Modeling of Flexural Behavior and Punching Shear of Concrete Bridge Decks with FRP Stay-in-Place Forms Using the Theory of Plates

A robust analytical model for predicting full response and ultimate load of concrete bridge decks constructed with fiber-reinforced polymer (FRP) stay-in-place (SIP) structural forms is presented. It adopts the plate theory to establish surface deflections, while incorporating concrete nonlinearity in compression and cracking in tension, as well as the degree of bond between the FRP SIP form and the concrete. The model accounts for various boundary conditions at the edges of the deck in both directions, including both finite and infinite width in the direction of traffic, and either fixed or hinged conditions in the other direction, depending on the connection to the support girders. A punching shear failure criterion was incorporated to predict the ultimate load. The model was validated against a large experimental database, and reasonable agreement was observed. The average percent difference in ultimate loads was 5.5%. The model was then used in a parametric study to assess the FRP reinforcement ratio in terms of the FRP plate thickness, the width of the deck parallel to traffic, and the span of the deck, which is the girder spacing. It was shown that reducing the FRP reinforcement ratio from 10.7 to 2.7% results in about a 20% reduction in punching shear ultimate load. The ultimate loads obtained for decks with (width/span) aspect ratios of 2.73, 1.33, 0.87, and 0.55 were 100, 94, 83, and 73%, respectively, of the ultimate load of the real condition of infinite width. Finally, the punching shear load decreased by about 18% as the deck span-to-depth ratio increased from 10 to 16.5.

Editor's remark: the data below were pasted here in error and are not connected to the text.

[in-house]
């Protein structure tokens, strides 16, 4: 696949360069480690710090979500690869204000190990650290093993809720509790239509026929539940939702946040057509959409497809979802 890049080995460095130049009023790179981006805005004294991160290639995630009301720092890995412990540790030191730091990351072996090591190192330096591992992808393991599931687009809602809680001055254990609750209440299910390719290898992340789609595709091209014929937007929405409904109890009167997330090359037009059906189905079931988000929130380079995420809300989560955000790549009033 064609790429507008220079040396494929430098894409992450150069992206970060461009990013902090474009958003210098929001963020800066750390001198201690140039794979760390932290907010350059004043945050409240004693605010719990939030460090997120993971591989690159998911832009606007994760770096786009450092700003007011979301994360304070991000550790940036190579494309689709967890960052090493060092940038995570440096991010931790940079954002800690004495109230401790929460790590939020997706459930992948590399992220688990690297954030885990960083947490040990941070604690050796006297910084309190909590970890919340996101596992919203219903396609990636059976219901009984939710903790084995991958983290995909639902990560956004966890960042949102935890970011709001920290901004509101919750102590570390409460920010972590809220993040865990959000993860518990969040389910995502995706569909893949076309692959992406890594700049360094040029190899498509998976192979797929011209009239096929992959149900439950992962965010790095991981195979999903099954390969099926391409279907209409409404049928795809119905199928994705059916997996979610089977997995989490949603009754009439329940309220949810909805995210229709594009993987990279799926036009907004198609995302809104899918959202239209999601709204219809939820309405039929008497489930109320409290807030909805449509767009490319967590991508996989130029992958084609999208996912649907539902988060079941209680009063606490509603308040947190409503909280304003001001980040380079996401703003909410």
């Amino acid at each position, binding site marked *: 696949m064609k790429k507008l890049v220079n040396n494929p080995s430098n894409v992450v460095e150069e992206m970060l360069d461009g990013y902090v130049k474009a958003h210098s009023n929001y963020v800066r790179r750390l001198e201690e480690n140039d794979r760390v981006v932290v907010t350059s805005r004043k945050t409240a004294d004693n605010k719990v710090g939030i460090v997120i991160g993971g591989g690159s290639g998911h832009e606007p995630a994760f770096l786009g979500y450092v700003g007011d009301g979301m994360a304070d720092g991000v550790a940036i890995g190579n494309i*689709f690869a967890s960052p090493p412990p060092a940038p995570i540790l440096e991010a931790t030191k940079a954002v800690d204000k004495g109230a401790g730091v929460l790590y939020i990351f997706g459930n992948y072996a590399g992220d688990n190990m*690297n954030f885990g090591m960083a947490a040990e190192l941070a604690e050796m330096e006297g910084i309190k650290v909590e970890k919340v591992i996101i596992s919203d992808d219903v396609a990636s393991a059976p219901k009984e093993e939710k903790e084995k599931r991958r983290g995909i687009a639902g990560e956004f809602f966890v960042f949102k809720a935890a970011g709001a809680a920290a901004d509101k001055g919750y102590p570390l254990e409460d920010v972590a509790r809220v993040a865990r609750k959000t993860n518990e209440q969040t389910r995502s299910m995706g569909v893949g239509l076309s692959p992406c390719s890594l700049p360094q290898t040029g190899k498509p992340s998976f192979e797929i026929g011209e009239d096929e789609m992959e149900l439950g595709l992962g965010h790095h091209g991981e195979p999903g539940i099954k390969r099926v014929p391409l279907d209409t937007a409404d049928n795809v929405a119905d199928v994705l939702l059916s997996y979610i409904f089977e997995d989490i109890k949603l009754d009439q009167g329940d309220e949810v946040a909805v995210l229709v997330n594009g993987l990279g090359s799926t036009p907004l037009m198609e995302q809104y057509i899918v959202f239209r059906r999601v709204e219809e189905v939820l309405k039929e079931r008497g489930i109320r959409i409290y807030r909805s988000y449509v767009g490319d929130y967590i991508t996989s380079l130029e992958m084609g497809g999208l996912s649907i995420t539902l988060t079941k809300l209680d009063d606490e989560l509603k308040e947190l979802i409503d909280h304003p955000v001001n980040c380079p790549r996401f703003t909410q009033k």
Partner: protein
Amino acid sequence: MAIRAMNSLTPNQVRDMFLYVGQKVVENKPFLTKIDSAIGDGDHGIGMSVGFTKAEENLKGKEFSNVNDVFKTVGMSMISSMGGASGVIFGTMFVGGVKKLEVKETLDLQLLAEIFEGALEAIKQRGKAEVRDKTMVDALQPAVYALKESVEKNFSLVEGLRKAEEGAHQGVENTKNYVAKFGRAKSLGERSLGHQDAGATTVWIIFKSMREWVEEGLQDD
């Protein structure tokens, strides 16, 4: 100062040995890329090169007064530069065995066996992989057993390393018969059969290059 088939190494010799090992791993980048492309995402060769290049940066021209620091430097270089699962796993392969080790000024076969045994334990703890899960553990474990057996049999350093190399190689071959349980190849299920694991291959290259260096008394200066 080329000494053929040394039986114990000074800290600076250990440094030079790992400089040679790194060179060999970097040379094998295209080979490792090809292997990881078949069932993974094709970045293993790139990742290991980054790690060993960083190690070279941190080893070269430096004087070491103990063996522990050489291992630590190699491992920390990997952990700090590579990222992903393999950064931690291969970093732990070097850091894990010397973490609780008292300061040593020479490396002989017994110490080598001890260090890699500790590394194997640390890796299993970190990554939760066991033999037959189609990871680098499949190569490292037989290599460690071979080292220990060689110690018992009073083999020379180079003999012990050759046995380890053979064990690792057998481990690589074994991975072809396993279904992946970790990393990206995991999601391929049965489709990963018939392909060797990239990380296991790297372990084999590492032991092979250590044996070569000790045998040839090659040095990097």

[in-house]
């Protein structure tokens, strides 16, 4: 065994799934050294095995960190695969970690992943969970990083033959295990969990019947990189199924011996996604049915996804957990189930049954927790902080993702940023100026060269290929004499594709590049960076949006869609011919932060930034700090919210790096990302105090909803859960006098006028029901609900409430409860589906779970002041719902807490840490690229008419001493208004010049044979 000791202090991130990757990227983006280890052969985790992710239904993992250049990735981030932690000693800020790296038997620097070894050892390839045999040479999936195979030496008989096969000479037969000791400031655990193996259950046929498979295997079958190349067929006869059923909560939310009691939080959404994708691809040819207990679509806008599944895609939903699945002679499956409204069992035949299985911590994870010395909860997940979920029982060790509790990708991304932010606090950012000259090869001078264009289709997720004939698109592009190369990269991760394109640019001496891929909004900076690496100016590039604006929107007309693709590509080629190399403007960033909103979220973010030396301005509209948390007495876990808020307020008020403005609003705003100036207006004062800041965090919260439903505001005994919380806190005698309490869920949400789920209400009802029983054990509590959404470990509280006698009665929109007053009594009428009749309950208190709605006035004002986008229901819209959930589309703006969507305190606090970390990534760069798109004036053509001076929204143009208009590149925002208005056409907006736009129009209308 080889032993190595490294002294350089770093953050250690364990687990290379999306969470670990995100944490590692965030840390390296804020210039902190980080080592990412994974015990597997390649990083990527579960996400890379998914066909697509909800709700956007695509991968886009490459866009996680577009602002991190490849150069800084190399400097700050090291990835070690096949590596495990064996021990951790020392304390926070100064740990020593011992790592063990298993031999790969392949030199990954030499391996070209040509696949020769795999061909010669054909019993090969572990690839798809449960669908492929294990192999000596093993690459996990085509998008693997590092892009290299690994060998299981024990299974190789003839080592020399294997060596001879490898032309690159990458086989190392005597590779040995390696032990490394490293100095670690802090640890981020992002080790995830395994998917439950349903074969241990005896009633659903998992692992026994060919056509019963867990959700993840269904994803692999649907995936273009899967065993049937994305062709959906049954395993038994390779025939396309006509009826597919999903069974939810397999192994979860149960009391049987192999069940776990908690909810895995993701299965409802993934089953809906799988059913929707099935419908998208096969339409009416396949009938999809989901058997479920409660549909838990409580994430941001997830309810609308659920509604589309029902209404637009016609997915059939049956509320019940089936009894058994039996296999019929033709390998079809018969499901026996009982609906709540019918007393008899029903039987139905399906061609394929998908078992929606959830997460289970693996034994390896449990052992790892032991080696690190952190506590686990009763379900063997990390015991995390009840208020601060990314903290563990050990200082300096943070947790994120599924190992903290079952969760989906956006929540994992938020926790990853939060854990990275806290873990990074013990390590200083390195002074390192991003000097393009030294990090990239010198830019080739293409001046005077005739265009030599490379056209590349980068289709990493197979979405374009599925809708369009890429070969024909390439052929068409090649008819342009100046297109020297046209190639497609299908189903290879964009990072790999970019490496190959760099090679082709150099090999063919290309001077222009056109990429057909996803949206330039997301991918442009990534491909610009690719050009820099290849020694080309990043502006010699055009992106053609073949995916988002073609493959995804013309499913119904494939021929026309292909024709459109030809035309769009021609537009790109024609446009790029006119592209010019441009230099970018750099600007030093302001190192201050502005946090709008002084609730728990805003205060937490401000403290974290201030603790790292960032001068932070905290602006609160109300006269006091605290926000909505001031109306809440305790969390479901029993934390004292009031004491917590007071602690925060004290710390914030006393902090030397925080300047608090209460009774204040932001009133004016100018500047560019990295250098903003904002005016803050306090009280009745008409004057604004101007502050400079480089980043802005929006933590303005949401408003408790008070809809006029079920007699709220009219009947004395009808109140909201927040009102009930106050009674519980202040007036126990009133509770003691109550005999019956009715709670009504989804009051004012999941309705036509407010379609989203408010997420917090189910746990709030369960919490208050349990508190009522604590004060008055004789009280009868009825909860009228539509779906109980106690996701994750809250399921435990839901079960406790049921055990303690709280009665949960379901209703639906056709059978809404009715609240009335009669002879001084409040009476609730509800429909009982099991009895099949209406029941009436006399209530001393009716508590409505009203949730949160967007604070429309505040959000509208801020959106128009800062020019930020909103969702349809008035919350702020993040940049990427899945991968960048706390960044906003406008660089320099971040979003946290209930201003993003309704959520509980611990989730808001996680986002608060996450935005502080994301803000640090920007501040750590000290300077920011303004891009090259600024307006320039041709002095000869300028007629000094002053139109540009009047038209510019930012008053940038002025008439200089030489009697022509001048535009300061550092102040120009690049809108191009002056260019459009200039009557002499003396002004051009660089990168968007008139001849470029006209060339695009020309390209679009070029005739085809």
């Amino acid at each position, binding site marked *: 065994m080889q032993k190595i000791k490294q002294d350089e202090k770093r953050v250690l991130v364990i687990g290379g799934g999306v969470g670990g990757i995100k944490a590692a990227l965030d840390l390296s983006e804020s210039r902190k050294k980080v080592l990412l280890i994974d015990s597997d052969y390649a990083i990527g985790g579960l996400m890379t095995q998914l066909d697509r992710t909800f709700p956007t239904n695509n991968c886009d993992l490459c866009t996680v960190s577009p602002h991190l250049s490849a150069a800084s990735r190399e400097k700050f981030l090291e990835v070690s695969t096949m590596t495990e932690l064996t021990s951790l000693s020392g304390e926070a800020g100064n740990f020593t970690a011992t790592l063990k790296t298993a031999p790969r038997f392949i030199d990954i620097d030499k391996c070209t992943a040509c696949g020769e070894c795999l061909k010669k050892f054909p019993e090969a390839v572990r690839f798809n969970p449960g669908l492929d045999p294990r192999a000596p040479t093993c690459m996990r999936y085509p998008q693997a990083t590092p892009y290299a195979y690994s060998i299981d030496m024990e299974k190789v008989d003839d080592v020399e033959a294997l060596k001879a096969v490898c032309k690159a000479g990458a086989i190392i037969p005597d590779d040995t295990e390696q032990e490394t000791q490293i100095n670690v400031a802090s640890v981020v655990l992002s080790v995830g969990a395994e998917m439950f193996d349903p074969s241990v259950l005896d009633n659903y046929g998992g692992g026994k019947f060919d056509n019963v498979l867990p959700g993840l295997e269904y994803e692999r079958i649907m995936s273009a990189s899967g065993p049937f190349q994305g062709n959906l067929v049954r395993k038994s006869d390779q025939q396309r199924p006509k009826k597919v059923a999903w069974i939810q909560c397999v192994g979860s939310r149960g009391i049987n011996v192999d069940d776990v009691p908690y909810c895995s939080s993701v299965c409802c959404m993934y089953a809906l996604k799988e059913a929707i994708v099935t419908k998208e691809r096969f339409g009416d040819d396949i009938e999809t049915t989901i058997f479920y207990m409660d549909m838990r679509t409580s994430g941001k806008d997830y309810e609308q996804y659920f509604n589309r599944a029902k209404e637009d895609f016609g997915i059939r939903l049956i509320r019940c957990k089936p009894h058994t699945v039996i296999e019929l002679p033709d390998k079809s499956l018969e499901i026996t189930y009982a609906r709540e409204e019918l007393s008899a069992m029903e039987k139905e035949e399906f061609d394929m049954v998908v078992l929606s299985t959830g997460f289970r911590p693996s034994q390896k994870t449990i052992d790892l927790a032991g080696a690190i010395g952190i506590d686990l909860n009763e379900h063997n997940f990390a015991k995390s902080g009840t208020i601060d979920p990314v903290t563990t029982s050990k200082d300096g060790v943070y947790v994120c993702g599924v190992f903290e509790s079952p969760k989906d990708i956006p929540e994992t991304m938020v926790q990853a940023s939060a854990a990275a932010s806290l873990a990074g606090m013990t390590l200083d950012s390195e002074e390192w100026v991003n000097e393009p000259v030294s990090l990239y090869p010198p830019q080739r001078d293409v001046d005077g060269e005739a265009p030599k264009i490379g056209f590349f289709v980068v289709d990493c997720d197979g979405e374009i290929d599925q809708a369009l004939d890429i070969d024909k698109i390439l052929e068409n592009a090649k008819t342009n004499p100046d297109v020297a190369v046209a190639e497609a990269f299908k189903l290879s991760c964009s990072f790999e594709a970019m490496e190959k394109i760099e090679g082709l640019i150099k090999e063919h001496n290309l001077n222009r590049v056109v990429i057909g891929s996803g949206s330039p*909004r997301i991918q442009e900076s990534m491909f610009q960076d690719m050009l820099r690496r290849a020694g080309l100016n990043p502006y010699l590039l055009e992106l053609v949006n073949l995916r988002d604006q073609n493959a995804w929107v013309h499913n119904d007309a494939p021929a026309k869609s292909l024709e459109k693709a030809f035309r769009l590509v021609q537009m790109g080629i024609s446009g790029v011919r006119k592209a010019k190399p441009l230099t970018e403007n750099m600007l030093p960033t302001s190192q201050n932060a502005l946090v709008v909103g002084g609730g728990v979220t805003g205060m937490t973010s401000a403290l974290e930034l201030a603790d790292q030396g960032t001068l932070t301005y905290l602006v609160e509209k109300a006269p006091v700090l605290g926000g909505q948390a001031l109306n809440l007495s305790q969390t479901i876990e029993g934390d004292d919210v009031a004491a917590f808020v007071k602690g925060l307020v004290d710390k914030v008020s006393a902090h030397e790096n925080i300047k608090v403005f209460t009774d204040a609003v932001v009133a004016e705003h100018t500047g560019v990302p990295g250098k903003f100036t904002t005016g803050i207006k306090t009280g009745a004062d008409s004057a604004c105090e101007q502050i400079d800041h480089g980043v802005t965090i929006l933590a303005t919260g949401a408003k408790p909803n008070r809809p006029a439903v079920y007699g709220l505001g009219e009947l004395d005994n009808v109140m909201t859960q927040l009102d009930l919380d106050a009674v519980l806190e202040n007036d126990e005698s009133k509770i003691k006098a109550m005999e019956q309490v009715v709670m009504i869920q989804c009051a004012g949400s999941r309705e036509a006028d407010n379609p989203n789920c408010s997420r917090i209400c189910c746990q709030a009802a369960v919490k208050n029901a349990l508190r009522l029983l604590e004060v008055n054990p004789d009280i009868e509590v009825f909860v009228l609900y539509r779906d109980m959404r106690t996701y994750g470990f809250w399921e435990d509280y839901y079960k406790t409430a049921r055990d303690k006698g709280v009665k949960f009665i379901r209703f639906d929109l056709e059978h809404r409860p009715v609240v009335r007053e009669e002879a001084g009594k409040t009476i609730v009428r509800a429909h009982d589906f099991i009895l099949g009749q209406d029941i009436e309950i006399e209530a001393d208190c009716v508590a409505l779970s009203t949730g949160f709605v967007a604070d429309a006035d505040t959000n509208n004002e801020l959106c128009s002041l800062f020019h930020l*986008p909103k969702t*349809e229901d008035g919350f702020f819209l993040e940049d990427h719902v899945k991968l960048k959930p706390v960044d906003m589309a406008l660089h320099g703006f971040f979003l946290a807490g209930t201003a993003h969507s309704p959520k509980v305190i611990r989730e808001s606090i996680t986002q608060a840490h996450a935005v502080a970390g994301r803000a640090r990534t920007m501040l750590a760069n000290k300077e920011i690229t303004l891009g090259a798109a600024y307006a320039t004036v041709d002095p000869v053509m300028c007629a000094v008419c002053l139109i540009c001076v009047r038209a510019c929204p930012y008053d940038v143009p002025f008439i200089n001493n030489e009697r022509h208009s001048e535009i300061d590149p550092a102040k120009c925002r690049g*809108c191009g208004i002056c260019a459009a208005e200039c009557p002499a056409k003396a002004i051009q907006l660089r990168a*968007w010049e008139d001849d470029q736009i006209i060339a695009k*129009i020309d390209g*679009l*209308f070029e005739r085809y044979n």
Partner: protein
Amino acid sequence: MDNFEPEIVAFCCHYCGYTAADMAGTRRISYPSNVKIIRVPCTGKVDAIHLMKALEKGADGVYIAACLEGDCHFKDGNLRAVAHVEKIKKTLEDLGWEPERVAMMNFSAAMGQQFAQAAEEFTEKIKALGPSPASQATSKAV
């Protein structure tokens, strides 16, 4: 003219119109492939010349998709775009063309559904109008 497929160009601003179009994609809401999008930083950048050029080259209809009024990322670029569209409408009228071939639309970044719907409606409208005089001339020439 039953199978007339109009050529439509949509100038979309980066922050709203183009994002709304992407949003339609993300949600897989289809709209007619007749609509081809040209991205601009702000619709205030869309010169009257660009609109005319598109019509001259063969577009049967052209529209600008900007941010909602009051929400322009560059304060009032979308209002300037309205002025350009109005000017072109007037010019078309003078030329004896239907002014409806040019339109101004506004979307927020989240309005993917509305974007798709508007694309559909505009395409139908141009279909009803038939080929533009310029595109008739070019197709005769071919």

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  • English

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  • Accession Number: 01529690
  • Record Type: Publication
  • Files: TRIS, ASCE
  • Created Date: May 22 2014 3:06PM